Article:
Monsters of Feyland is a collection of monsters from Cawood Publishing for Dungeons & Dragons 5th Edition. Its cover caught my eye while I was browsing DriveThruRPG recently and after taking a look at the preview, I decided to buy it.

The book is 112 pages and contains about 100 monsters. Each monster has a nice color illustration and a one-page entry including the stat block and a small amount of story information. The format for each monster’s entry is similar to the Monster Manual, but with generally have shorter, more concise text. The monster entries are a mix of unique individuals such as Queen Titania, specialized versions of existing monsters such as Goblin Shamans, and new monster types like Arcane Stalkers.

All of the artwork in the book is by Travis Hanson. His style works really well with the theme and gives the book a distinct feel compared to other bestiaries.

As the title implies, the majority of the included monsters are fey. About 60 of the monsters are fey with the remainder being various other creatures that dwell in Feyland including giants, dragons, and undead. The creatures are drawn from a mix of real world sources including creatures inspired by Alice in Wonderland, Labyrinth, and King Arthur. While pulling from all these sources, the consistent artwork and story ties do a good job bringing them into a shared vision of Feyland rather than just being disparate entries focusing on nostalgia.

I’m not as immersed in D&D 5E as I have been in the past since it’s been a while since I played, but overall the mechanical elements of the monster stats seemed well done and in-line with what I would expect. A few monsters do have abilities that push what I’ve seen in the game’s rules such as a Dream Dragon’s ability to ensnare the party in phantasmal terrain with its breath weapon or the Lake Gnome’s ability that permanently boosts the Wisdom of its target. Where I noticed abilities that push the rules, they were done in flavorful ways that seem fun, but I could see some DMs wanting to adjust or avoid the abilities if they don’t want certain effects in their game.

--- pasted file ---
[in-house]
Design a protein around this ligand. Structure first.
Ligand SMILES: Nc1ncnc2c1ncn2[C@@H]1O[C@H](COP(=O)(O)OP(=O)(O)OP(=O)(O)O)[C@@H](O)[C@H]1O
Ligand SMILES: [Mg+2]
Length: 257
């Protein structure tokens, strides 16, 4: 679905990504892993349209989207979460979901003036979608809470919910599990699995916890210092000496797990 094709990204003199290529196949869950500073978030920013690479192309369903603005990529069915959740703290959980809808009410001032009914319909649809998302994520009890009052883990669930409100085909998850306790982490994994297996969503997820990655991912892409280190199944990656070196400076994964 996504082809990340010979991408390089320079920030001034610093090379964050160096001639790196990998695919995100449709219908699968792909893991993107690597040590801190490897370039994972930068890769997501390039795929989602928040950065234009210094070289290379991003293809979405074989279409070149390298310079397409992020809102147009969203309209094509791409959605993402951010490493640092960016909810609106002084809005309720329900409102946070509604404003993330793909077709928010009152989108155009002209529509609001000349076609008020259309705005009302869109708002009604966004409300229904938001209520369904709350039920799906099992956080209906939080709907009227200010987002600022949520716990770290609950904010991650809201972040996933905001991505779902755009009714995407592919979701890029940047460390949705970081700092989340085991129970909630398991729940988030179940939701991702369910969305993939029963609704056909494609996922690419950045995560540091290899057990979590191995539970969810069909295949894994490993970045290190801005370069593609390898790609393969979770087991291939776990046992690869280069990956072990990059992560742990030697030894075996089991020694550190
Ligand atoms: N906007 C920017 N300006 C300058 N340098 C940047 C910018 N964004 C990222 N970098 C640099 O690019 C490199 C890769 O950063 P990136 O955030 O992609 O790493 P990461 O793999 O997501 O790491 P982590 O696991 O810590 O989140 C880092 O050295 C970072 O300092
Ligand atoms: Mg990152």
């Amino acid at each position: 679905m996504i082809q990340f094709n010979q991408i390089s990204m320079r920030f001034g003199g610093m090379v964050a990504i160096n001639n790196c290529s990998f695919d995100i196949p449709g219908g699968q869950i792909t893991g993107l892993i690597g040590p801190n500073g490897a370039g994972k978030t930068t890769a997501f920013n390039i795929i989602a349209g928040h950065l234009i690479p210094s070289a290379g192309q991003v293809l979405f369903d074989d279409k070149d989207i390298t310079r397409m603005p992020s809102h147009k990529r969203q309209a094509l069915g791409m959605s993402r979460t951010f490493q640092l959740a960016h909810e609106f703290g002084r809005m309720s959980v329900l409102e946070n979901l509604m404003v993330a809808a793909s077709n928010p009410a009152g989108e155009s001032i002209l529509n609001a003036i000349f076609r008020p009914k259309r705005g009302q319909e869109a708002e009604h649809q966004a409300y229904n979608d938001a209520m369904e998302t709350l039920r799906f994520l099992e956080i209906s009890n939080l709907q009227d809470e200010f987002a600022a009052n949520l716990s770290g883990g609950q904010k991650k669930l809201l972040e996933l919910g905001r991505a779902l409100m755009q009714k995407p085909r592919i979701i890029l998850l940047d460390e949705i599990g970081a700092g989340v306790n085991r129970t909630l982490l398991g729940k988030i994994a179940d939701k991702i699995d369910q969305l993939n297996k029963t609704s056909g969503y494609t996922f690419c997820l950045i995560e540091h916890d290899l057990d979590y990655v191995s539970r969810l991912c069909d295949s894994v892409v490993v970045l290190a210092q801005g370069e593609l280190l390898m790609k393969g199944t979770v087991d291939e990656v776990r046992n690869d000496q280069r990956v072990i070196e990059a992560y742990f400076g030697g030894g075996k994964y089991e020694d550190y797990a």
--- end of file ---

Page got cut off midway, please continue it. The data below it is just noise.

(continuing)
In addition to the monsters, there is a page with an overview of Feyland, a page showing which fey are members of the Seelie and Unseelie Courts, and a page with a single d100 random encounter table for Feyland. I think that combined with the information in the monster entries, there is plenty of setting information to help a Dungeon Master build there own version of Feyland. I don’t see myself using the single random encounter table. It would probably be more useful to have the monsters sorted by regions of Feyland.

If you’re interested in getting a copy, you can buy Monsters of Feyland from DriveThruRPG as either a pdf or a print-on-demand book.

After purchasing my copy of the book, I learned that it had been funded by a kickstarter last year, and Cawood Publishing currently has a new kickstarter running for a sequel book, Monsters of the Underworld, with a subterranean theme. I’ve enjoyed Monsters of Feyland enough that I’ve backed the new project.

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